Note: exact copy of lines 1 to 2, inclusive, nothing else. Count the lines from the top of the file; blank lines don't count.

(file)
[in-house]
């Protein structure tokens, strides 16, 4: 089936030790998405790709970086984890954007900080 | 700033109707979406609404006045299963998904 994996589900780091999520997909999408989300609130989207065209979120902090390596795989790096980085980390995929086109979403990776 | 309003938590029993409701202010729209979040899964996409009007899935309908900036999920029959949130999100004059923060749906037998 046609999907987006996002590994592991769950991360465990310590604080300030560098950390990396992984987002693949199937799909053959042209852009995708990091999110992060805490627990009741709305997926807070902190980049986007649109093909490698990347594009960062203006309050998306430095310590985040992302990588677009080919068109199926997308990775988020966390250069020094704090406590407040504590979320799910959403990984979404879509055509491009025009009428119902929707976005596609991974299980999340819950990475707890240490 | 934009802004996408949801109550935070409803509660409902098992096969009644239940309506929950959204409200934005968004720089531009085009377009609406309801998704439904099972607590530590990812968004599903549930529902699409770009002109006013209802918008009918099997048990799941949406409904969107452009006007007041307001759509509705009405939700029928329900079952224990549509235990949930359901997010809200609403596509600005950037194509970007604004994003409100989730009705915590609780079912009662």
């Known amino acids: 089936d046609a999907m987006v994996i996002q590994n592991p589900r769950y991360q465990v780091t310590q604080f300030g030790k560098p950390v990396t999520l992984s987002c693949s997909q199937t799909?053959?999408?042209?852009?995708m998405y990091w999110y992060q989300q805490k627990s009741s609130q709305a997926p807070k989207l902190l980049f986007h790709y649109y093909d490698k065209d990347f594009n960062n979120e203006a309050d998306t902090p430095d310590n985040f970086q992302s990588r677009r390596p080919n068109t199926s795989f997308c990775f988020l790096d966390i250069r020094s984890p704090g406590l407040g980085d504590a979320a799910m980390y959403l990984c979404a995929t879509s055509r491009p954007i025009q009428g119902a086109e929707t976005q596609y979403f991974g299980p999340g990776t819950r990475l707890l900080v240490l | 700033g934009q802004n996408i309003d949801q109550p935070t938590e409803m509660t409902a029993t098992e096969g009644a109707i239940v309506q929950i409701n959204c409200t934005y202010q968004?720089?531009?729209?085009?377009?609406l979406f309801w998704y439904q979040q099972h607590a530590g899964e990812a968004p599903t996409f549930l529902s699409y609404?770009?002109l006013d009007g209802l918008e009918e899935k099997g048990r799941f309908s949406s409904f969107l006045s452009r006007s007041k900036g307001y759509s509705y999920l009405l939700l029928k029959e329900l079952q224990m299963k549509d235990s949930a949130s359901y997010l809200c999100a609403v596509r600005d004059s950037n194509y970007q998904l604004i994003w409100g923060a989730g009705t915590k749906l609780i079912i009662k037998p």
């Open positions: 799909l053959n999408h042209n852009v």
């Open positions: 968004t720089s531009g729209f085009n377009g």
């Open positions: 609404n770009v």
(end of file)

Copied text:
[in-house]
């Protein structure tokens, strides 16, 4: 089936030790998405790709970086984890954007900080 | 700033109707979406609404006045299963998904 994996589900780091999520997909999408989300609130989207065209979120902090390596795989790096980085980390995929086109979403990776 | 309003938590029993409701202010729209979040899964996409009007899935309908900036999920029959949130999100004059923060749906037998 046609999907987006996002590994592991769950991360465990310590604080300030560098950390990396992984987002693949199937799909053959042209852009995708990091999110992060805490627990009741709305997926807070902190980049986007649109093909490698990347594009960062203006309050998306430095310590985040992302990588677009080919068109199926997308990775988020966390250069020094704090406590407040504590979320799910959403990984979404879509055509491009025009009428119902929707976005596609991974299980999340819950990475707890240490 | 934009802004996408949801109550935070409803509660409902098992096969009644239940309506929950959204409200934005968004720089531009085009377009609406309801998704439904099972607590530590990812968004599903549930529902699409770009002109006013209802918008009918099997048990799941949406409904969107452009006007007041307001759509509705009405939700029928329900079952224990549509235990949930359901997010809200609403596509600005950037194509970007604004994003409100989730009705915590609780079912009662």